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Publication numberUS7896424 B2
Publication typeGrant
Application numberUS 12/082,226
Publication dateMar 1, 2011
Filing dateApr 9, 2008
Priority dateApr 12, 2002
Fee statusPaid
Also published asCA2482315A1, CA2482319A1, CN1659052A, CN100346994C, DE10391481D2, DE10391497D2, DE20321346U1, DE20321347U1, DE50307467D1, DE50311242D1, DE50313214D1, EP1497148A1, EP1497148B1, EP1497148B2, EP1507675A1, EP1507675B1, EP1859981A1, EP1859981B1, EP2050606A1, EP2050606B1, US7331624, US7374226, US20050218691, US20060202505, US20080224496, WO2003086799A1, WO2003086800A1
Publication number082226, 12082226, US 7896424 B2, US 7896424B2, US-B2-7896424, US7896424 B2, US7896424B2
InventorsKlaus Obendiek
Original AssigneeEdscha Cabrio-Dachsysteme Gmbh
Export CitationBiBTeX, EndNote, RefMan
External Links: USPTO, USPTO Assignment, Espacenet
Folding top for a cabriolet vehicle
US 7896424 B2
Abstract
A folding top for a cabriolet vehicle is provided, that includes a first roof part which is embodied as a rigid shell element, a second roof part which is embodied as a rigid shell element, and a forced control unit. The first roof part and the second roof part are pivotable relative to a body of the vehicle, are driven by a common force-introducing unit, and are movable by the forced control unit. The forced control unit includes a mechanical control device, by which movement of the second roof part can be delayed from movement of the first roof part.
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Claims(17)
1. A folding top for a cabriolet vehicle having a bodywork, the folding top comprising:
a first roof part;
a second roof part, the first roof part being disposed in front of the second roof part relative to a direction of travel when the folding top is closed;
an openable rear element, the second roof part resting on the rear element from above when the folding top is closed, the second roof part being openable while the rear element remains in a closed position; and
a main-link mechanism mounted in a movable manner on the bodywork,
wherein the first roof part and the second roof part are mounted on the main-link mechanism,
wherein the first roof part is disposed above the second roof part when the folding top is opened, and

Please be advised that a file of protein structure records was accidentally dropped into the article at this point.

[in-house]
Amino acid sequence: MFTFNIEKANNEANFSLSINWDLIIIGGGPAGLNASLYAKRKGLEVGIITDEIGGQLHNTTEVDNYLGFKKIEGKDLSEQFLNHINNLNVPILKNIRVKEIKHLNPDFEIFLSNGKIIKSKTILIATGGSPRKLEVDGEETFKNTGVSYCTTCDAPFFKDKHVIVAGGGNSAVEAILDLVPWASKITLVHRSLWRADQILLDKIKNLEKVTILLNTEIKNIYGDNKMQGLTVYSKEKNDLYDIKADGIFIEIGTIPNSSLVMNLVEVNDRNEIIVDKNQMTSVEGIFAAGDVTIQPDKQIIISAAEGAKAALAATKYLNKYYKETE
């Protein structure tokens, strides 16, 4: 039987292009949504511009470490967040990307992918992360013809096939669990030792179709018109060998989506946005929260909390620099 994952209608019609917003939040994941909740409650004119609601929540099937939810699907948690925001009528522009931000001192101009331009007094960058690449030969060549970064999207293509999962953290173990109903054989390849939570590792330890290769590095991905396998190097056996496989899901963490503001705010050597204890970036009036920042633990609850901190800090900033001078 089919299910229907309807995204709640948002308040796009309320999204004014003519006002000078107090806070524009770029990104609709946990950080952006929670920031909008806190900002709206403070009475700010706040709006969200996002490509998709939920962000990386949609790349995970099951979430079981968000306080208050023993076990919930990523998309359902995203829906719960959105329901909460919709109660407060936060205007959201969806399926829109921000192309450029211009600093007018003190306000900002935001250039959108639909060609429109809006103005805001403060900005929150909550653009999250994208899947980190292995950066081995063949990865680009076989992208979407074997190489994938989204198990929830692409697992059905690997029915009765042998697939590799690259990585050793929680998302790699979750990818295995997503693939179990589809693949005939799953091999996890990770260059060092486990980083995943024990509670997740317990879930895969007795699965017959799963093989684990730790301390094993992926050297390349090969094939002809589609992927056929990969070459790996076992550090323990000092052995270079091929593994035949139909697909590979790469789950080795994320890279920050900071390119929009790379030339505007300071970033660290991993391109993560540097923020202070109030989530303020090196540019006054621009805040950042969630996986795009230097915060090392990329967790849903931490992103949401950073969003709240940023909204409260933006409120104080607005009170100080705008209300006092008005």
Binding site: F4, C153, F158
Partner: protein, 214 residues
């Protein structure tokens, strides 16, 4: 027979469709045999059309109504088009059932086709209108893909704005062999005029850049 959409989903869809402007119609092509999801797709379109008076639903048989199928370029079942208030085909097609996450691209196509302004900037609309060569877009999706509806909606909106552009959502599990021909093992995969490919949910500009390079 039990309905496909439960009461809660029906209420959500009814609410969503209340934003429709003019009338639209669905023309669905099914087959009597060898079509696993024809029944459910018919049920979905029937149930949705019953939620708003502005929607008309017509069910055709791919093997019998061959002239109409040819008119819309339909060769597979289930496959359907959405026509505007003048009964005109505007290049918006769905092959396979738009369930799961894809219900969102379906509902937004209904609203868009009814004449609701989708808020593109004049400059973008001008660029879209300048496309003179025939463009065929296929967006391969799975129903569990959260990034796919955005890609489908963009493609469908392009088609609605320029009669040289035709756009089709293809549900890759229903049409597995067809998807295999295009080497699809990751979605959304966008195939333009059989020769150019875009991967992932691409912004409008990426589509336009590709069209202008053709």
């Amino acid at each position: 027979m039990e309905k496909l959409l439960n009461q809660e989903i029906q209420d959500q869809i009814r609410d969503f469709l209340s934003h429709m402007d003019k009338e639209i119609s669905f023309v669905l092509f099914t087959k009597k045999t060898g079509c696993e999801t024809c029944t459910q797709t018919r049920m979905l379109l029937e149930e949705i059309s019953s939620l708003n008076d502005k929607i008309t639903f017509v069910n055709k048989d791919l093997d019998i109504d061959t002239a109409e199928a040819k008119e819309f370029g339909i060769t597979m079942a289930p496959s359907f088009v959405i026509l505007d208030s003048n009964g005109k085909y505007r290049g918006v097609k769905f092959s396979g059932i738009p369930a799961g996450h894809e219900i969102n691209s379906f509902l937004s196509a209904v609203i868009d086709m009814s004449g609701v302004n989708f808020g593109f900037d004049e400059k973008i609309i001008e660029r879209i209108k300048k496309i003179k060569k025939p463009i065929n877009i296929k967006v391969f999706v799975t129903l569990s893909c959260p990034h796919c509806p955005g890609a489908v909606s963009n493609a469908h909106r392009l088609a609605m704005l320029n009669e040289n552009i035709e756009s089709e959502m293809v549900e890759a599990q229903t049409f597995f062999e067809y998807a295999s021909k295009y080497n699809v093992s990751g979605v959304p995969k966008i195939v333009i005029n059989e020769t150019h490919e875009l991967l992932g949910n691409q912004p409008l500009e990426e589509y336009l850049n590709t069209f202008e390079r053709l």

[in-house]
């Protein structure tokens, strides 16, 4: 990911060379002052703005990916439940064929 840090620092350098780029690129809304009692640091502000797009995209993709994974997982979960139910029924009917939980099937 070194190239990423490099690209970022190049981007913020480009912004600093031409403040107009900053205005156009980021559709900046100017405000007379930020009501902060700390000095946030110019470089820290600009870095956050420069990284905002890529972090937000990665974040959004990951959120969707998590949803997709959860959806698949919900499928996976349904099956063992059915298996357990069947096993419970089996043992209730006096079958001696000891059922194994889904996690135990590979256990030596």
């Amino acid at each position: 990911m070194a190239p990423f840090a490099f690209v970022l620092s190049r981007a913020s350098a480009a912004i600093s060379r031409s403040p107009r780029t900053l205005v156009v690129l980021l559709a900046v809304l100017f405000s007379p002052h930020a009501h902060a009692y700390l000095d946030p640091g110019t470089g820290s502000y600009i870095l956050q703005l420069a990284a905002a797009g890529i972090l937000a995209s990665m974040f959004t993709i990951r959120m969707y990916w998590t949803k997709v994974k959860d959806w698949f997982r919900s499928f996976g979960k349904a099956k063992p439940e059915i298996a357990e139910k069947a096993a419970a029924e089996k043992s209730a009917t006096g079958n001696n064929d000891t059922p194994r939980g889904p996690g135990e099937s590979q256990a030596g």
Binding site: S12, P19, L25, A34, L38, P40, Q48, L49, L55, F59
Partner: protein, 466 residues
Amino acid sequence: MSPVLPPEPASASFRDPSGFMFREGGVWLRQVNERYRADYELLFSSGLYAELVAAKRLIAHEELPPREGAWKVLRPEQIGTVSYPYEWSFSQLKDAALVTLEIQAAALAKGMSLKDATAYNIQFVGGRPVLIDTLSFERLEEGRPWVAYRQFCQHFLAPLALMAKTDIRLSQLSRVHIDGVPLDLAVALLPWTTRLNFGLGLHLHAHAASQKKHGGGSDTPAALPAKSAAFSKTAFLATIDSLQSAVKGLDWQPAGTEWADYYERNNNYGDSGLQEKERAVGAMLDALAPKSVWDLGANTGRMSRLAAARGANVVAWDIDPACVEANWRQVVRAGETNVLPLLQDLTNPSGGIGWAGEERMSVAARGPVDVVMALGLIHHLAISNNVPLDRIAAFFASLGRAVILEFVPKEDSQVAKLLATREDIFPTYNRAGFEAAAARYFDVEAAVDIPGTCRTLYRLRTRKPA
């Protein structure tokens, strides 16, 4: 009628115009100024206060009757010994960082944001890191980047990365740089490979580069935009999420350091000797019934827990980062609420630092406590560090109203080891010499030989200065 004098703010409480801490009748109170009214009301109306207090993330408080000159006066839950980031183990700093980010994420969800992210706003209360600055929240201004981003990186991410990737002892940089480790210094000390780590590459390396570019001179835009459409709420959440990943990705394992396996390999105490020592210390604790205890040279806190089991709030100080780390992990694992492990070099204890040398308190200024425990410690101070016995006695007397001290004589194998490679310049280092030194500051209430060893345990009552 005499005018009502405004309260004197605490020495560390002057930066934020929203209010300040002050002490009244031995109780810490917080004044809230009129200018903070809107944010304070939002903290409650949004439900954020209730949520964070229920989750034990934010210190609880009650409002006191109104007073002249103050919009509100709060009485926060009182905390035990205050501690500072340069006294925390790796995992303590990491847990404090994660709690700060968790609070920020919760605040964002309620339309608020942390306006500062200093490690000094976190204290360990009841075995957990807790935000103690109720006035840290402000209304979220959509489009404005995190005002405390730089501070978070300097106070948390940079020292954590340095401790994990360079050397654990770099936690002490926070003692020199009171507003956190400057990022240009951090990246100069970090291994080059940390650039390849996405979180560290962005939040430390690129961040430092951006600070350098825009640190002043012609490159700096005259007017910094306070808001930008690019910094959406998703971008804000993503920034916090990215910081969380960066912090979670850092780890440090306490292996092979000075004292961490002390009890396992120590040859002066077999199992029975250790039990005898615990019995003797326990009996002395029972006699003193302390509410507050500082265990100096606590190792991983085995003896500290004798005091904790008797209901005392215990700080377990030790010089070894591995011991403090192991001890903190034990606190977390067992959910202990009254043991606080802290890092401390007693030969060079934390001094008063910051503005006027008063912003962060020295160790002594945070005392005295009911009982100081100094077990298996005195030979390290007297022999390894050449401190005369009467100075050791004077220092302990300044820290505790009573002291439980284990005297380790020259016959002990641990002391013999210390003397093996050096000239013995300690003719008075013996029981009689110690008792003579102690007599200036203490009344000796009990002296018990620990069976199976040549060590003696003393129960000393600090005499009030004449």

wherein the first roof part is pivotable to a position essentially parallel over the second roof part.
2. The folding top as recited in claim 1, wherein the second roof part rests on the rear element with sealing action from above when the folding top is closed.
3. The folding top as recited in claim 1, wherein, in a first stage of a folding-top opening movement, the second roof part can be raised up from the rear element.
4. The folding top as recited in claim 1, wherein the vehicle includes a stowage region for the folding top and wherein the rear element covers over the stowage region and can be pivoted open counter to the direction of travel.
5. The folding top as recited in claim 4, further comprising a first link mechanism connecting the first roof part to the main-link mechanism and configured to displace the first roof part.
6. The folding top as recited in claim 1, wherein the second roof part is displaceable relative to the main-link mechanism.
7. The folding top as recited in claim 6, further comprising a second link mechanism connecting the second roof part to the main-link mechanism and configured to displace the second roof part.
8. The folding top as recited in claim 1, wherein the main-link mechanism includes a carrying link and wherein at least one of the first roof part and the second roof part is mounted on the carrying link.
9. The folding top as recited in claim 1, wherein first roof part and the second roof part are displaceable in opposite directions relative to one another and relative to the main-link mechanism.
10. The folding top as recited in claim 1, further comprising a positive control means connecting the first roof part and the second roof part and configured to move the first and second roof parts in a positively controlled manner relative to one another.
11. The folding top as recited in claim 1, wherein the first roof part is displaceable relative to the main link mechanism.
12. The folding top as recited in claim 1, wherein the rear element covers a luggage compartment and wherein the rear element can be pivoted open in direction of travel to allow access to the luggage compartment.
13. The folding top as recited in claim 1, wherein the first roof part is releasably securable on a windshield frame of the vehicle when the folding top is closed.
14. A folding top for a cabriolet vehicle having a bodywork, the folding top comprising:
a first roof part having a camber;
a second roof part having a camber, the first roof part being abuttingly disposed in front of the second roof part when the folding top is closed;